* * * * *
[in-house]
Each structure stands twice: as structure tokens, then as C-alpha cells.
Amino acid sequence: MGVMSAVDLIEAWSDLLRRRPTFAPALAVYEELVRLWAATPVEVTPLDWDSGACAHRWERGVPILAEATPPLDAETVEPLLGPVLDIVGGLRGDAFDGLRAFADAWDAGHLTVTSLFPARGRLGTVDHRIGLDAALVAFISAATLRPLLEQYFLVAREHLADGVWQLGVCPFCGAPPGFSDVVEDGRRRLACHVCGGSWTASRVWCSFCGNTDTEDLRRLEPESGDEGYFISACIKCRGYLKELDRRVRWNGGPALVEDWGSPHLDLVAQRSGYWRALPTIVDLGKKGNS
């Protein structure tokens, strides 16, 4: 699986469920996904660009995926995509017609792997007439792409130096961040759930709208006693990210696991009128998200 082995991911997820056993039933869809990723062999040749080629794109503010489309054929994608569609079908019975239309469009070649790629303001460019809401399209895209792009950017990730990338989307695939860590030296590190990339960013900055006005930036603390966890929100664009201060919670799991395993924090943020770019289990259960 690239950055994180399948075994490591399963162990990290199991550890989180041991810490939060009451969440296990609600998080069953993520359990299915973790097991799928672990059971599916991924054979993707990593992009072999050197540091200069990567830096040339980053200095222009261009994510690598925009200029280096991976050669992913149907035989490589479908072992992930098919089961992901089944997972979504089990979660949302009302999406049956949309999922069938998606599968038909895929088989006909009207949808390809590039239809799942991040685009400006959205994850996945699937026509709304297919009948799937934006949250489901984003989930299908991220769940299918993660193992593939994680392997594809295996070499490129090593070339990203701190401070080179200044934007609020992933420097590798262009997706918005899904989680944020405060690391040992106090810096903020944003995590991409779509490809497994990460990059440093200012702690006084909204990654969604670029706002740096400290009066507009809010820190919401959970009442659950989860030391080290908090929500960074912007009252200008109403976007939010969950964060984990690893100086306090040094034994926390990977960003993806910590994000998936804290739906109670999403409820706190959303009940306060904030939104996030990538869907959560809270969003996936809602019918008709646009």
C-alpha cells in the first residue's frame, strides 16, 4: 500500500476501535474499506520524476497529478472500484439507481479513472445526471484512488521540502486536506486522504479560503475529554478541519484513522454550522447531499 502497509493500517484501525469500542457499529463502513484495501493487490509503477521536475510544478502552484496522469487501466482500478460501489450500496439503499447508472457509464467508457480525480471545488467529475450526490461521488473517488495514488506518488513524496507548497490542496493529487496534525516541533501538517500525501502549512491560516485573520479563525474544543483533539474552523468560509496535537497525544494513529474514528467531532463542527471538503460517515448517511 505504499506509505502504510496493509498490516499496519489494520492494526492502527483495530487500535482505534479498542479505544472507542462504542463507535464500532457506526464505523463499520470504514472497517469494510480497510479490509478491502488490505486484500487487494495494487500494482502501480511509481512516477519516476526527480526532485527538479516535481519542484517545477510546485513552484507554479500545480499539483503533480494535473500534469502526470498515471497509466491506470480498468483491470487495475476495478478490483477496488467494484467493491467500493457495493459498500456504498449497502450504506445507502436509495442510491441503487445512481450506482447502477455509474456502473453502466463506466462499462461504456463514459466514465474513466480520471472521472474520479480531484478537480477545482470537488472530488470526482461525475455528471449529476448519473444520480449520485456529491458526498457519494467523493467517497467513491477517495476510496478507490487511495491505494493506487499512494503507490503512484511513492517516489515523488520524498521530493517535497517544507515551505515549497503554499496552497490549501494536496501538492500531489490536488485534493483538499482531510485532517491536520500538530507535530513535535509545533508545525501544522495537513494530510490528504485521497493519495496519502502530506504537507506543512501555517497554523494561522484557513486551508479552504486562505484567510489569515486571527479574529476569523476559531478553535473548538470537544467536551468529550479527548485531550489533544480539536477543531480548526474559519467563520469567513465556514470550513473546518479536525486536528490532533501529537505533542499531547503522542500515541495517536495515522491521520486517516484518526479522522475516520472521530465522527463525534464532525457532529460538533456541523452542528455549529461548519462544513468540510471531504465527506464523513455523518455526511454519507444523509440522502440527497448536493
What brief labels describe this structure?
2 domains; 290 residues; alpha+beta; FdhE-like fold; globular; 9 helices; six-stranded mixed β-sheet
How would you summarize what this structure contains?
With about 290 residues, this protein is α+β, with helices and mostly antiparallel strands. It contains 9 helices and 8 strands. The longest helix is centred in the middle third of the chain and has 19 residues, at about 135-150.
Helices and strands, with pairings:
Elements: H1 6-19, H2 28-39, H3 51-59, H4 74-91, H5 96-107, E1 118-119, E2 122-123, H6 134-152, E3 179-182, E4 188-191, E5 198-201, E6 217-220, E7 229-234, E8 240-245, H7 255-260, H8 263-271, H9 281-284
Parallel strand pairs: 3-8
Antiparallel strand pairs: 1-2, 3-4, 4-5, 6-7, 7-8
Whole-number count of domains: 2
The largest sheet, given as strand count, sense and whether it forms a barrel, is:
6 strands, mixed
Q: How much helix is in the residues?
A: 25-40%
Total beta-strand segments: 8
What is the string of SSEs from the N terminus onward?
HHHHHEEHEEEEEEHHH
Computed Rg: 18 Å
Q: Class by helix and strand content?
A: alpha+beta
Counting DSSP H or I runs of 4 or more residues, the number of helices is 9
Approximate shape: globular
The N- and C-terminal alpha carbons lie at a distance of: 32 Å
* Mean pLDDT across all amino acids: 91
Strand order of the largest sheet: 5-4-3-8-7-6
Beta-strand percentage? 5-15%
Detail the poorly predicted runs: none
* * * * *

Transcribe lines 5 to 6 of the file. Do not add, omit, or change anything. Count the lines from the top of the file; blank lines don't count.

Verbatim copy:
C-alpha cells in the first residue's frame, strides 16, 4: 500500500476501535474499506520524476497529478472500484439507481479513472445526471484512488521540502486536506486522504479560503475529554478541519484513522454550522447531499 502497509493500517484501525469500542457499529463502513484495501493487490509503477521536475510544478502552484496522469487501466482500478460501489450500496439503499447508472457509464467508457480525480471545488467529475450526490461521488473517488495514488506518488513524496507548497490542496493529487496534525516541533501538517500525501502549512491560516485573520479563525474544543483533539474552523468560509496535537497525544494513529474514528467531532463542527471538503460517515448517511 505504499506509505502504510496493509498490516499496519489494520492494526492502527483495530487500535482505534479498542479505544472507542462504542463507535464500532457506526464505523463499520470504514472497517469494510480497510479490509478491502488490505486484500487487494495494487500494482502501480511509481512516477519516476526527480526532485527538479516535481519542484517545477510546485513552484507554479500545480499539483503533480494535473500534469502526470498515471497509466491506470480498468483491470487495475476495478478490483477496488467494484467493491467500493457495493459498500456504498449497502450504506445507502436509495442510491441503487445512481450506482447502477455509474456502473453502466463506466462499462461504456463514459466514465474513466480520471472521472474520479480531484478537480477545482470537488472530488470526482461525475455528471449529476448519473444520480449520485456529491458526498457519494467523493467517497467513491477517495476510496478507490487511495491505494493506487499512494503507490503512484511513492517516489515523488520524498521530493517535497517544507515551505515549497503554499496552497490549501494536496501538492500531489490536488485534493483538499482531510485532517491536520500538530507535530513535535509545533508545525501544522495537513494530510490528504485521497493519495496519502502530506504537507506543512501555517497554523494561522484557513486551508479552504486562505484567510489569515486571527479574529476569523476559531478553535473548538470537544467536551468529550479527548485531550489533544480539536477543531480548526474559519467563520469567513465556514470550513473546518479536525486536528490532533501529537505533542499531547503522542500515541495517536495515522491521520486517516484518526479522522475516520472521530465522527463525534464532525457532529460538533456541523452542528455549529461548519462544513468540510471531504465527506464523513455523518455526511454519507444523509440522502440527497448536493
What brief labels describe this structure?